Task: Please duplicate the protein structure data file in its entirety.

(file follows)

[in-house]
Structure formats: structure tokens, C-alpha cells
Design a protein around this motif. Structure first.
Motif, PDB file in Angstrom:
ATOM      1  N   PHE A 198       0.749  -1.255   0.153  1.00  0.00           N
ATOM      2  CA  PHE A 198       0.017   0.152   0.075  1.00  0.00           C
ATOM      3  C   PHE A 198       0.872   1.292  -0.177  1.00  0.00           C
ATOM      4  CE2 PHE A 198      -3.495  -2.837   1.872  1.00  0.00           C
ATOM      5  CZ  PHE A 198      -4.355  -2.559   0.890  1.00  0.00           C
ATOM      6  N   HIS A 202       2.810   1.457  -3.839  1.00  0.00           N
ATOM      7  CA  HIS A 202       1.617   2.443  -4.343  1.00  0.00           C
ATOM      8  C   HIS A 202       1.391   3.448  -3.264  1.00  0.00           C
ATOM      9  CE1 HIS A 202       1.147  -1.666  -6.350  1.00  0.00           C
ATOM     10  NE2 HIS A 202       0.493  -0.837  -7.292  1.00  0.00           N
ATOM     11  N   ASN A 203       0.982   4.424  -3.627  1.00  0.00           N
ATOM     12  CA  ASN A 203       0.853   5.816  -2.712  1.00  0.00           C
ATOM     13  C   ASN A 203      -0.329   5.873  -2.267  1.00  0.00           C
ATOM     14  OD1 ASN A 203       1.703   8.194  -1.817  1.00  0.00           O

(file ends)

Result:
[in-house]
Structure formats: structure tokens, C-alpha cells
Design a protein around this motif. Structure first.
Motif, PDB file in Angstrom:
ATOM      1  N   PHE A 198       0.749  -1.255   0.153  1.00  0.00           N
ATOM      2  CA  PHE A 198       0.017   0.152   0.075  1.00  0.00           C
ATOM      3  C   PHE A 198       0.872   1.292  -0.177  1.00  0.00           C
ATOM      4  CE2 PHE A 198      -3.495  -2.837   1.872  1.00  0.00           C
ATOM      5  CZ  PHE A 198      -4.355  -2.559   0.890  1.00  0.00           C
ATOM      6  N   HIS A 202       2.810   1.457  -3.839  1.00  0.00           N
ATOM      7  CA  HIS A 202       1.617   2.443  -4.343  1.00  0.00           C
ATOM      8  C   HIS A 202       1.391   3.448  -3.264  1.00  0.00           C
ATOM      9  CE1 HIS A 202       1.147  -1.666  -6.350  1.00  0.00           C
ATOM     10  NE2 HIS A 202       0.493  -0.837  -7.292  1.00  0.00           N
ATOM     11  N   ASN A 203       0.982   4.424  -3.627  1.00  0.00           N
ATOM     12  CA  ASN A 203       0.853   5.816  -2.712  1.00  0.00           C
ATOM     13  C   ASN A 203      -0.329   5.873  -2.267  1.00  0.00           C
ATOM     14  OD1 ASN A 203       1.703   8.194  -1.817  1.00  0.00           O